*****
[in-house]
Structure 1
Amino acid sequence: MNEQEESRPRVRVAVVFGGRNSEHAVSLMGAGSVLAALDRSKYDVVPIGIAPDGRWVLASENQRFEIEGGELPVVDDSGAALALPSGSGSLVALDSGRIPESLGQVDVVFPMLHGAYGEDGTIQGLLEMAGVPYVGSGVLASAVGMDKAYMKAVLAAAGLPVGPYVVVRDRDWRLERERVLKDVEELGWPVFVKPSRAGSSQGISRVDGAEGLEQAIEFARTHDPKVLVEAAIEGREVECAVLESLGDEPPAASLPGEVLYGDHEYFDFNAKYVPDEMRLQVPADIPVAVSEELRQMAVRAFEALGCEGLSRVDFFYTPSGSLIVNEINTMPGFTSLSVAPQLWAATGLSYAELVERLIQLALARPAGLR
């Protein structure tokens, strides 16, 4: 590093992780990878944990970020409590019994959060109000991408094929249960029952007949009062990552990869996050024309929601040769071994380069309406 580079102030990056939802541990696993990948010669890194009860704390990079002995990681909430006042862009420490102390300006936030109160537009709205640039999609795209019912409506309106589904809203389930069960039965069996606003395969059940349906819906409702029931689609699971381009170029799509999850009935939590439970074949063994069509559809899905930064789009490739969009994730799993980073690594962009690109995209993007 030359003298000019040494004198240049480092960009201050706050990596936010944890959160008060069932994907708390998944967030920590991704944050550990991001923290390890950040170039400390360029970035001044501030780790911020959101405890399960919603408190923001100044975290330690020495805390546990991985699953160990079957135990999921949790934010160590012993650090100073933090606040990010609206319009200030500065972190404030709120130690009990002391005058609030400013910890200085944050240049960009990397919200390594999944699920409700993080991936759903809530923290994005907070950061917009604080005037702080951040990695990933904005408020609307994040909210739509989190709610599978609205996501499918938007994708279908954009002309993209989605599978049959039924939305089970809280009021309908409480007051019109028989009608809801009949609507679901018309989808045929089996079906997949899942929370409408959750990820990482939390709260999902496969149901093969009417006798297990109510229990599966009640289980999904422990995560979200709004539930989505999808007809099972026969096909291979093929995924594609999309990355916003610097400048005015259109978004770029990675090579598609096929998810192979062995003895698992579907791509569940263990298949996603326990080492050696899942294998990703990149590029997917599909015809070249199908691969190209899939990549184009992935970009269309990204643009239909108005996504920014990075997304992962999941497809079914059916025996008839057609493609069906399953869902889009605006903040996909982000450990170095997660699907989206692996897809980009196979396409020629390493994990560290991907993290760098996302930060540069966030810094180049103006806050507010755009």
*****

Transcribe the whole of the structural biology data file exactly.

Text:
[in-house]
Structure 1
Amino acid sequence: MNEQEESRPRVRVAVVFGGRNSEHAVSLMGAGSVLAALDRSKYDVVPIGIAPDGRWVLASENQRFEIEGGELPVVDDSGAALALPSGSGSLVALDSGRIPESLGQVDVVFPMLHGAYGEDGTIQGLLEMAGVPYVGSGVLASAVGMDKAYMKAVLAAAGLPVGPYVVVRDRDWRLERERVLKDVEELGWPVFVKPSRAGSSQGISRVDGAEGLEQAIEFARTHDPKVLVEAAIEGREVECAVLESLGDEPPAASLPGEVLYGDHEYFDFNAKYVPDEMRLQVPADIPVAVSEELRQMAVRAFEALGCEGLSRVDFFYTPSGSLIVNEINTMPGFTSLSVAPQLWAATGLSYAELVERLIQLALARPAGLR
């Protein structure tokens, strides 16, 4: 590093992780990878944990970020409590019994959060109000991408094929249960029952007949009062990552990869996050024309929601040769071994380069309406 580079102030990056939802541990696993990948010669890194009860704390990079002995990681909430006042862009420490102390300006936030109160537009709205640039999609795209019912409506309106589904809203389930069960039965069996606003395969059940349906819906409702029931689609699971381009170029799509999850009935939590439970074949063994069509559809899905930064789009490739969009994730799993980073690594962009690109995209993007 030359003298000019040494004198240049480092960009201050706050990596936010944890959160008060069932994907708390998944967030920590991704944050550990991001923290390890950040170039400390360029970035001044501030780790911020959101405890399960919603408190923001100044975290330690020495805390546990991985699953160990079957135990999921949790934010160590012993650090100073933090606040990010609206319009200030500065972190404030709120130690009990002391005058609030400013910890200085944050240049960009990397919200390594999944699920409700993080991936759903809530923290994005907070950061917009604080005037702080951040990695990933904005408020609307994040909210739509989190709610599978609205996501499918938007994708279908954009002309993209989605599978049959039924939305089970809280009021309908409480007051019109028989009608809801009949609507679901018309989808045929089996079906997949899942929370409408959750990820990482939390709260999902496969149901093969009417006798297990109510229990599966009640289980999904422990995560979200709004539930989505999808007809099972026969096909291979093929995924594609999309990355916003610097400048005015259109978004770029990675090579598609096929998810192979062995003895698992579907791509569940263990298949996603326990080492050696899942294998990703990149590029997917599909015809070249199908691969190209899939990549184009992935970009269309990204643009239909108005996504920014990075997304992962999941497809079914059916025996008839057609493609069906399953869902889009605006903040996909982000450990170095997660699907989206692996897809980009196979396409020629390493994990560290991907993290760098996302930060540069966030810094180049103006806050507010755009």